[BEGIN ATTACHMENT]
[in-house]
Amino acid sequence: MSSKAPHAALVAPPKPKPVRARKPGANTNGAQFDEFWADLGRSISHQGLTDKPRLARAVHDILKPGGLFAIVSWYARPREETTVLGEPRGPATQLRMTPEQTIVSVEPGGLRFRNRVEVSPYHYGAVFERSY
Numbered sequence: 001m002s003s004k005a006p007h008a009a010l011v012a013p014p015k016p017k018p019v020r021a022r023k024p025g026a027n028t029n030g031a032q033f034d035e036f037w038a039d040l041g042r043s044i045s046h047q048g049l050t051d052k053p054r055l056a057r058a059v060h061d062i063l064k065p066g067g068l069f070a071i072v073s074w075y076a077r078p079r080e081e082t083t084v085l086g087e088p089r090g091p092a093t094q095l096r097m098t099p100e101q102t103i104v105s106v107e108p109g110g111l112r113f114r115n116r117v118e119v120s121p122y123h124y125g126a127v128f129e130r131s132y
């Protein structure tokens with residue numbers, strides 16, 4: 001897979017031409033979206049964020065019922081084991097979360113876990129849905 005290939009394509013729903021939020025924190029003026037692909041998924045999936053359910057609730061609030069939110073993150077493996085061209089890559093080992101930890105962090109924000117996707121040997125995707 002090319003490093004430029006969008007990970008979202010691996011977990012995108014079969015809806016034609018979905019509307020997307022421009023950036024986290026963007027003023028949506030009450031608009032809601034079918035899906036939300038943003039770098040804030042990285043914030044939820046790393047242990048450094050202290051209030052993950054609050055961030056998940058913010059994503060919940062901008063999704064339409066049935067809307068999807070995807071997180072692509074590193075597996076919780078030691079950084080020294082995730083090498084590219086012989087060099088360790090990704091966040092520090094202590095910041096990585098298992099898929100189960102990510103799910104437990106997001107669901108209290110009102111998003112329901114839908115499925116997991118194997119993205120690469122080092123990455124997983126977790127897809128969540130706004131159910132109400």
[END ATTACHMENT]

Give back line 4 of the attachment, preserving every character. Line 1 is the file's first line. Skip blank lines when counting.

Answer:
């Protein structure tokens with residue numbers, strides 16, 4: 001897979017031409033979206049964020065019922081084991097979360113876990129849905 005290939009394509013729903021939020025924190029003026037692909041998924045999936053359910057609730061609030069939110073993150077493996085061209089890559093080992101930890105962090109924000117996707121040997125995707 002090319003490093004430029006969008007990970008979202010691996011977990012995108014079969015809806016034609018979905019509307020997307022421009023950036024986290026963007027003023028949506030009450031608009032809601034079918035899906036939300038943003039770098040804030042990285043914030044939820046790393047242990048450094050202290051209030052993950054609050055961030056998940058913010059994503060919940062901008063999704064339409066049935067809307068999807070995807071997180072692509074590193075597996076919780078030691079950084080020294082995730083090498084590219086012989087060099088360790090990704091966040092520090094202590095910041096990585098298992099898929100189960102990510103799910104437990106997001107669901108209290110009102111998003112329901114839908115499925116997991118194997119993205120690469122080092123990455124997983126977790127897809128969540130706004131159910132109400």